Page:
Definition of Middle high german

1. Noun. High German from 1100 to 1500.

Generic synonyms: German, German Language, High German

Definition of Middle high german

1. Proper noun. An ancestor of the modern German language, and was spoken from 1050 to about 1500. Some linguists prefer to use 1350 as the end of the Middle High German period, calling the period from 1350 to 1750 Early New High German. ¹

¹ Source:

Lexicographical Neighbors of Middle High German

Middle Ages
Middle Armenian
Middle Breton
Middle Chinese
Middle Dutch
Middle Earth
Middle East
Middle Eastern
Middle Easterner
Middle England
Middle Englander
Middle English
Middle French
Middle Greek
Middle High German
Middle Irish
Middle Kingdom
Middle Korean
Middle Latin
Middle Low German
Middle Norwegian
Middle Paleolithic
Middle Persian
Middle Watut
Middle Welsh
Middle West

Literary usage of Middle high german

Below you will find example usage of this term as found in modern and/or classical literature:

1. The Catholic Encyclopedia: An International Work of Reference on the by Charles George Herbermann, Edward Aloysius Pace, Condé Bénoist Pallen, Thomas Joseph Shahan, John Joseph Wynne (1913)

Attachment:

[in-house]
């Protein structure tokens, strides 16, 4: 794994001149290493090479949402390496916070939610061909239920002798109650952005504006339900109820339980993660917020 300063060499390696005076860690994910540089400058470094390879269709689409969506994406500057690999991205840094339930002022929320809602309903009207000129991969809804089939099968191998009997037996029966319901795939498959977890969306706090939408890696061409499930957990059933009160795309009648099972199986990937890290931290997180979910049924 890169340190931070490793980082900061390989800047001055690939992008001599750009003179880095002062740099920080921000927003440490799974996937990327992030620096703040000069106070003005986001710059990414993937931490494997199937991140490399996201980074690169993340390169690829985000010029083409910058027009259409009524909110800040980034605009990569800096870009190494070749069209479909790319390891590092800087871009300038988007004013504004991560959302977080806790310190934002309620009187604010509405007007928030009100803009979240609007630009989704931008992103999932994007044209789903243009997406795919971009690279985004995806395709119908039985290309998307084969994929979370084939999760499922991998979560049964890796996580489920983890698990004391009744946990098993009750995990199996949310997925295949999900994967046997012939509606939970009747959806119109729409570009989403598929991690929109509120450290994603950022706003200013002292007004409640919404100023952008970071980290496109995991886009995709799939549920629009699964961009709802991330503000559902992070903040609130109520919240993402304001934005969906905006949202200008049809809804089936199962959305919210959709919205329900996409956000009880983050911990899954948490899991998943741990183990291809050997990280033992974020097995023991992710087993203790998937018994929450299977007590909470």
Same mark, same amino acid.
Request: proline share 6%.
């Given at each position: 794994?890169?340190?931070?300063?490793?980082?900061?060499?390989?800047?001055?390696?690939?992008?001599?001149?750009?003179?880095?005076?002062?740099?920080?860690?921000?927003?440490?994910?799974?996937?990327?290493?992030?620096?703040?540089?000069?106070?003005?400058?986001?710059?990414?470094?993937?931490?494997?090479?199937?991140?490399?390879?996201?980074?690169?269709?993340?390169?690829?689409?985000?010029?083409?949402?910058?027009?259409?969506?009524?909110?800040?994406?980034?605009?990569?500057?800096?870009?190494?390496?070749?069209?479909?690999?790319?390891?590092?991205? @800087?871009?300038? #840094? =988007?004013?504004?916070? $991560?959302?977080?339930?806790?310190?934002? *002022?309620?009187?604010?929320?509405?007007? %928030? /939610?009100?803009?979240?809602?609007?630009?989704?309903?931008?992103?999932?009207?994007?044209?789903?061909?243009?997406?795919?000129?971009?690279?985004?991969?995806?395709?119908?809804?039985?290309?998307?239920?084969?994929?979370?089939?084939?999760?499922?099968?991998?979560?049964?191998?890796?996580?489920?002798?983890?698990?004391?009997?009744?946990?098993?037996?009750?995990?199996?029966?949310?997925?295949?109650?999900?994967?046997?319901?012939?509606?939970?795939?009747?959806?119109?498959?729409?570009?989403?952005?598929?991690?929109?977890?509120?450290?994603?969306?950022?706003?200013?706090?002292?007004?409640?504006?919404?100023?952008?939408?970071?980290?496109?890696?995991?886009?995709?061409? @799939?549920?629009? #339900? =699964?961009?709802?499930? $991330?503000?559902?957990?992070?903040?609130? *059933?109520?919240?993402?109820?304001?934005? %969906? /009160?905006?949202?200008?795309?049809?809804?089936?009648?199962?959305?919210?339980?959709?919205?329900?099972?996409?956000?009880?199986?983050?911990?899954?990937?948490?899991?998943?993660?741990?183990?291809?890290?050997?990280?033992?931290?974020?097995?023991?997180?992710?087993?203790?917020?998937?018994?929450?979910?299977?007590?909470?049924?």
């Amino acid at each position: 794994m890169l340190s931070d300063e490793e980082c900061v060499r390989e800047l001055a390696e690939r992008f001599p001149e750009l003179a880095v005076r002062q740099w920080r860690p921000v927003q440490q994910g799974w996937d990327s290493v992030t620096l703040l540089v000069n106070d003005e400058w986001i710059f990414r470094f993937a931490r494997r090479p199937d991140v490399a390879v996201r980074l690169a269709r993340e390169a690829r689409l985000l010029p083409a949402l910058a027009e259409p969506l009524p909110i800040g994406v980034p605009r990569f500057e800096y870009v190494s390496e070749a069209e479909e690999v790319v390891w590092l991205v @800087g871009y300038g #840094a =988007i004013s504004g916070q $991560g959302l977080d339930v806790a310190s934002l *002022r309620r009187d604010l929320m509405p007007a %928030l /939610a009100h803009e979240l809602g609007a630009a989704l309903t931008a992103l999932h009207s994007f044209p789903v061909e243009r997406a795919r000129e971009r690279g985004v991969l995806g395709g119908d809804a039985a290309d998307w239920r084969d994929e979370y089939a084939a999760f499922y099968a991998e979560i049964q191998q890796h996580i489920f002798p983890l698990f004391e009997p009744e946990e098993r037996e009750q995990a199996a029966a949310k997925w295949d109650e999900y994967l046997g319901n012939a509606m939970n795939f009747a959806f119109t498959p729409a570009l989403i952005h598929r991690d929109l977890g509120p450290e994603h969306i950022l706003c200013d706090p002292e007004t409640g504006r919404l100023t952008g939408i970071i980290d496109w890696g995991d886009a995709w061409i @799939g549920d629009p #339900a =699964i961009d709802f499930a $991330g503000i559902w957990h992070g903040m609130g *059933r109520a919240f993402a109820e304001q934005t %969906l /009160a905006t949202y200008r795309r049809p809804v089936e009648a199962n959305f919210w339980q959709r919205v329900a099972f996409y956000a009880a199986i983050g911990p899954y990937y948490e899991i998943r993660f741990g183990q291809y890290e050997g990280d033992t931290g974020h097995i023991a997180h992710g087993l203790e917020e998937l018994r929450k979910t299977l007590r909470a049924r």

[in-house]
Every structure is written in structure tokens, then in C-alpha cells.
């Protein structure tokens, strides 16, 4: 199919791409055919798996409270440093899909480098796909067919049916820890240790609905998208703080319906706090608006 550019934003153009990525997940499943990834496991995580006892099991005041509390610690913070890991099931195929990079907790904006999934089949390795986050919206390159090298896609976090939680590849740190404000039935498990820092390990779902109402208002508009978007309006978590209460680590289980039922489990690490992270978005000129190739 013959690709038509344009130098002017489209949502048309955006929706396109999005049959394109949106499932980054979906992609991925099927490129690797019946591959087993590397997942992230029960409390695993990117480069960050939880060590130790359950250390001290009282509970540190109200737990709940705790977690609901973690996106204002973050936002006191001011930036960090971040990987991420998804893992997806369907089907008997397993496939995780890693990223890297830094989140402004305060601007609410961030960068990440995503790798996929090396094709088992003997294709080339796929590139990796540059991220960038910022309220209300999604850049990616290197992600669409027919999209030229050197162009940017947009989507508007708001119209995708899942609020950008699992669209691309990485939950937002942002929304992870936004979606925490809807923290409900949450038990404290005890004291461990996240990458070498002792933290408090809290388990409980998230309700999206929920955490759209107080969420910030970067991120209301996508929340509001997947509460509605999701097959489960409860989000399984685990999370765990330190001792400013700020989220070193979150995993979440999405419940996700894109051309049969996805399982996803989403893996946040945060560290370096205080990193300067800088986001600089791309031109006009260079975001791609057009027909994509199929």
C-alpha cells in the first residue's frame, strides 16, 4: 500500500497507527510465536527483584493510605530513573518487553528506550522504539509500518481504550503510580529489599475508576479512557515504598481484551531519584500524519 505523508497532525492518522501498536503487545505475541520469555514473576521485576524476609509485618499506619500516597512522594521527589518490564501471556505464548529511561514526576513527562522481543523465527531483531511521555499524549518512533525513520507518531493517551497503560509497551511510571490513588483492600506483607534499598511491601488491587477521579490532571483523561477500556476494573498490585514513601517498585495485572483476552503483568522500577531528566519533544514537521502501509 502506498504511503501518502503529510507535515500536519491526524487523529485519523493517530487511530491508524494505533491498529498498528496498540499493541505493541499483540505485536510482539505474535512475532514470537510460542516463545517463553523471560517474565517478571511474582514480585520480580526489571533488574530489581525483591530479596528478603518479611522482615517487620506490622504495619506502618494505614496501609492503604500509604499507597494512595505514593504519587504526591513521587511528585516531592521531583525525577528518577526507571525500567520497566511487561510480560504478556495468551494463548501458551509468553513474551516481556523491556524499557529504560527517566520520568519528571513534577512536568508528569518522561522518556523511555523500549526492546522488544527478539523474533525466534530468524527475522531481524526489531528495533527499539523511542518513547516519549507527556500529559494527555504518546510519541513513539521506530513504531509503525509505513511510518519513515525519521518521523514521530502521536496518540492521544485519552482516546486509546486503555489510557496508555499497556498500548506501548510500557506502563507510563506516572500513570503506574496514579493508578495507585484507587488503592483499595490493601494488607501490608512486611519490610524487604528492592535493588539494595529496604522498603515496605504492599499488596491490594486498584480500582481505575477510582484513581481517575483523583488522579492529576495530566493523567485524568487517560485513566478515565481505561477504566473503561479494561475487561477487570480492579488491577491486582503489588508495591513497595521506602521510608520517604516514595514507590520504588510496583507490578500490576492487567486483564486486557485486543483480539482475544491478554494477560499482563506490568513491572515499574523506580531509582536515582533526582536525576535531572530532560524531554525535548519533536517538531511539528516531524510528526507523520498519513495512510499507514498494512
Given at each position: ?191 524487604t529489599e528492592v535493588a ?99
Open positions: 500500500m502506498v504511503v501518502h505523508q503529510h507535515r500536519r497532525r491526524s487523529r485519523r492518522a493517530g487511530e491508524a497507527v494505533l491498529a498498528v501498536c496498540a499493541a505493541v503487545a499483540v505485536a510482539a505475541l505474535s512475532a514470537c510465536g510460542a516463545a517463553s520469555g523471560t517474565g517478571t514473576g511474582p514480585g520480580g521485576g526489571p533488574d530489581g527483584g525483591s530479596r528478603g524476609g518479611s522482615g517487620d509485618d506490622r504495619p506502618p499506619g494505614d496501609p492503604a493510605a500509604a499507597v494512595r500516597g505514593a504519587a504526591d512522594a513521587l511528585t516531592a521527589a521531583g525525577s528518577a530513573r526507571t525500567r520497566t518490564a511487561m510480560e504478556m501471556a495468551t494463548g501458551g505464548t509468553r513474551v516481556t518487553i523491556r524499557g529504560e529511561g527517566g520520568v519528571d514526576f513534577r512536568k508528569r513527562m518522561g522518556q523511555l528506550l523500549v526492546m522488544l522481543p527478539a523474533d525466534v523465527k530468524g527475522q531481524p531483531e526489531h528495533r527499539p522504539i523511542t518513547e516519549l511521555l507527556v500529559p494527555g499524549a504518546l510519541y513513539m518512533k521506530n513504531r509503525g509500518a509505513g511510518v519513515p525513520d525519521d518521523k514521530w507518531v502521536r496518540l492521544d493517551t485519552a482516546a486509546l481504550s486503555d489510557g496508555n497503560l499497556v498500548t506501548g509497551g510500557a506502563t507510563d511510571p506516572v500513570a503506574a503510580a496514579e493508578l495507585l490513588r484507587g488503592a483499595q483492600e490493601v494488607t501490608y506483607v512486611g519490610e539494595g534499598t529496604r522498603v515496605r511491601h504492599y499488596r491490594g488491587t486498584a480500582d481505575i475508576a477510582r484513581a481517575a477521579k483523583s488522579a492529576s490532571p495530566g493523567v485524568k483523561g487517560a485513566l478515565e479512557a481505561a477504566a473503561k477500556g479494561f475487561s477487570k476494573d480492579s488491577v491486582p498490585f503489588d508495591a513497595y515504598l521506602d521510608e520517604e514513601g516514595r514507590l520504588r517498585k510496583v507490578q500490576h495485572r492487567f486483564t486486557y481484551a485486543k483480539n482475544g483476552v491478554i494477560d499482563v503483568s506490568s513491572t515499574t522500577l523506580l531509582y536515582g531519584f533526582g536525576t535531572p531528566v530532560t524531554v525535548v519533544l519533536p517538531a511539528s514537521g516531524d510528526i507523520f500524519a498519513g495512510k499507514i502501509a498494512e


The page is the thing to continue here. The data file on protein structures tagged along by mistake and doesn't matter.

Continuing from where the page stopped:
"Form received the most careful attention; versification was regulated by the strictest rules; the language, the classic middle high german, is extremely ..."

2. Encyclopaedia Britannica: A Standard Work of Reference in Art, Literature (1907)
"Assuming two periods of transition besides, we have the following divisions, with the approximate dates :— Old High German to 1050 Early middle high german ..."

3. A History of German Literature by John George Robertson (1902)
"... chans«- the linguistic change which divides Old High German from Middle High German was hardly accomplished before the beginning of the twelfth century; ..."

4. The Encyclopedia Americana: A Library of Universal Knowledge (1919)
"The second period, from about 1150 to about 1500 (middle high german, ... This was particularly true of the language of middle high german poetry during the ..."

5. The American Journal of Education by Henry Barnard (1862)
"... a general account of the substitution of Luther's German fur the Middle High German. For the relation of the New High German (Luther's) written language ..."

6. The Encyclopaedia Britannica: A Dictionary of Arts, Sciences and General (1890)
"... sounded like the English a, in stage pronunciation, r middle high german u-iFs', ... for middle high german divided intothe three main groupsof Swabian, ..."

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